In April 1944, the least known great escape of WW2 took place. Two Czechoslovaks, Rudolf Vrba and Alfred Wetzler, Slovak Jews, ran away although they knew no one had succeeded in escaping from the Auschwitz death factory before.
They ran because they had a mission: to save the hundreds of thousands of Hungarian Jews who were next in line, and to inform the world. They didn’t understand why nobody did something about the Auschwitz hell.
They spent a year and a half in the camp (part of that time as recorders) so they knew its organization and the number of Jews who had died there. The escapees survived with the help of people willingly risking their lives for them, and three weeks later they were face to face with the head of the Jewish community in Žilina. But they were in for a surprise: no one believed them. Finally, Vrba and Wetzler wrote a 32-page report, which was handed over to the Hungarian Jews. A few weeks later, one copy reached a Vatican representative, and from there it got to the pope, President Roosevelt, Prime Minister Churchill and the press. In May, the BBC informed about Auschwitz, in June the New York Times. But another year went by and nothing happened. First transport trains of Hunagrian Jews came and the Allies did nothing to stop them.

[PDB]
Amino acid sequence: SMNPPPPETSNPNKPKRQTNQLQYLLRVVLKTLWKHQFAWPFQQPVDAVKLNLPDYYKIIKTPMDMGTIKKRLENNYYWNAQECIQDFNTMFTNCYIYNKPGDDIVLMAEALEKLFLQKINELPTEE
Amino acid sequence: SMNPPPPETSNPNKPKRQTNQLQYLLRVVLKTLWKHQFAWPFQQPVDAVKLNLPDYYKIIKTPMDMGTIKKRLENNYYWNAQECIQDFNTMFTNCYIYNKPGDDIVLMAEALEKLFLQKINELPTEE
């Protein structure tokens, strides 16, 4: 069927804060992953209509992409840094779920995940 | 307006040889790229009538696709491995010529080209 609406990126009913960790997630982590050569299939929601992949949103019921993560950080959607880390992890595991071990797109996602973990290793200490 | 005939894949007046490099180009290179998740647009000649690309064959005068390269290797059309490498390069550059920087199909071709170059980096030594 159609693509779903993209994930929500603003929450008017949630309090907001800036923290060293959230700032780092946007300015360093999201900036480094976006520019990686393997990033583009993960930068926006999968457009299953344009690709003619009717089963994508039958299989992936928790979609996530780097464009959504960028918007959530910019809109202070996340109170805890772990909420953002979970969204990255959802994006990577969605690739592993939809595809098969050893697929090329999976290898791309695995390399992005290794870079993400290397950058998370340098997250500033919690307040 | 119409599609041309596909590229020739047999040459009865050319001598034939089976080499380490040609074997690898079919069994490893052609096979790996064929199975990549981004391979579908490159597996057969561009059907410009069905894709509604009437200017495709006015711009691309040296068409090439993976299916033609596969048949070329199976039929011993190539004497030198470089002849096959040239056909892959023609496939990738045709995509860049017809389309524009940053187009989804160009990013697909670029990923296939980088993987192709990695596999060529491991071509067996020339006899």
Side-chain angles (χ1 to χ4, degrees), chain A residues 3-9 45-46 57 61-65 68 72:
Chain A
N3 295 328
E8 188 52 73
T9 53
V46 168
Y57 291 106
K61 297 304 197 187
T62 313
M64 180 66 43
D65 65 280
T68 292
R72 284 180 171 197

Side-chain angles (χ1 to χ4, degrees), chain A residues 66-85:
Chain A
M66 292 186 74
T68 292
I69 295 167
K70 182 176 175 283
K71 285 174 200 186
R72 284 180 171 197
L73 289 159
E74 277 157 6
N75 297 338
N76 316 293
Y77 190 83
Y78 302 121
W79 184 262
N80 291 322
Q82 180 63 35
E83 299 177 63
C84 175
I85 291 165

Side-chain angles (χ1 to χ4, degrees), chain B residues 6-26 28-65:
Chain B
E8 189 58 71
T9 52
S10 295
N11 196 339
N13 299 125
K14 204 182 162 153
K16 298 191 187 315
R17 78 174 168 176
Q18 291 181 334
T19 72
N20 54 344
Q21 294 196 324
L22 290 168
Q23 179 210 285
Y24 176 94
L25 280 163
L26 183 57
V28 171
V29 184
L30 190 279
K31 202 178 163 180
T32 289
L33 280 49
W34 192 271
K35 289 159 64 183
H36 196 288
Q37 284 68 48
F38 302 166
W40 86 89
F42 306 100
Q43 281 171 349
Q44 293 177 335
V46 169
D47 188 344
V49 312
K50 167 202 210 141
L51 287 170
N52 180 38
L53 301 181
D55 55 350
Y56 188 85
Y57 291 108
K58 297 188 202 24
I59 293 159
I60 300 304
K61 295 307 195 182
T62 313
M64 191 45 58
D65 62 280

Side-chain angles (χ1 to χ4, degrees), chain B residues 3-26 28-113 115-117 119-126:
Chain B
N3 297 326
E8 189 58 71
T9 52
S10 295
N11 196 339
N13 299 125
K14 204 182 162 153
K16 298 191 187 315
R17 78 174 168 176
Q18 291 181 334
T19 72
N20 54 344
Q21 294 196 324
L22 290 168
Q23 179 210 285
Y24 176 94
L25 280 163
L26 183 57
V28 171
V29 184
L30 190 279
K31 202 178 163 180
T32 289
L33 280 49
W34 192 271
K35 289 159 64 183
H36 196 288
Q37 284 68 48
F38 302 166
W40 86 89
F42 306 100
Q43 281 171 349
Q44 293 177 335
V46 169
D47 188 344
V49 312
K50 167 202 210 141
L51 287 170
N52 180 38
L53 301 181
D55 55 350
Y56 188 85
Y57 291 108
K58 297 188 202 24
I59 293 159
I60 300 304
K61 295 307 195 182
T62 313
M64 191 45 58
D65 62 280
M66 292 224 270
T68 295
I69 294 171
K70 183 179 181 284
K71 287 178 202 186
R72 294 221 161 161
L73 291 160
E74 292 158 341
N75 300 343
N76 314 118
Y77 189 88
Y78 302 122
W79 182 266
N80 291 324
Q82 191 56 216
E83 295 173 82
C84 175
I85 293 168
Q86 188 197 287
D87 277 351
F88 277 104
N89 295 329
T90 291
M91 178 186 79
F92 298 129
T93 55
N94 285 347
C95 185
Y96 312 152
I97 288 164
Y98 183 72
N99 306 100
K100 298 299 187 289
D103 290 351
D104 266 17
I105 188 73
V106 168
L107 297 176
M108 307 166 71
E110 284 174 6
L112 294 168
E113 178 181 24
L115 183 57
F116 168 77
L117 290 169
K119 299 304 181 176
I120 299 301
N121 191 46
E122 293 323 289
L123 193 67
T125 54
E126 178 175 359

The escapees’ story ends here but another begins, one that earned the name “conspiracy of silence”.
Using the escape and the escapees’ three-day interrogation as example, this movie will explain why their report didn’t have the hoped-for impact; the impact we, having the luxury of hindsight and knowing what we know today, would expect.
Historians will also help us examine the story of Vrba and Wetzler as it is being told today to reveal which parts are true and which are dramatic license, distorting the men’s actual roles.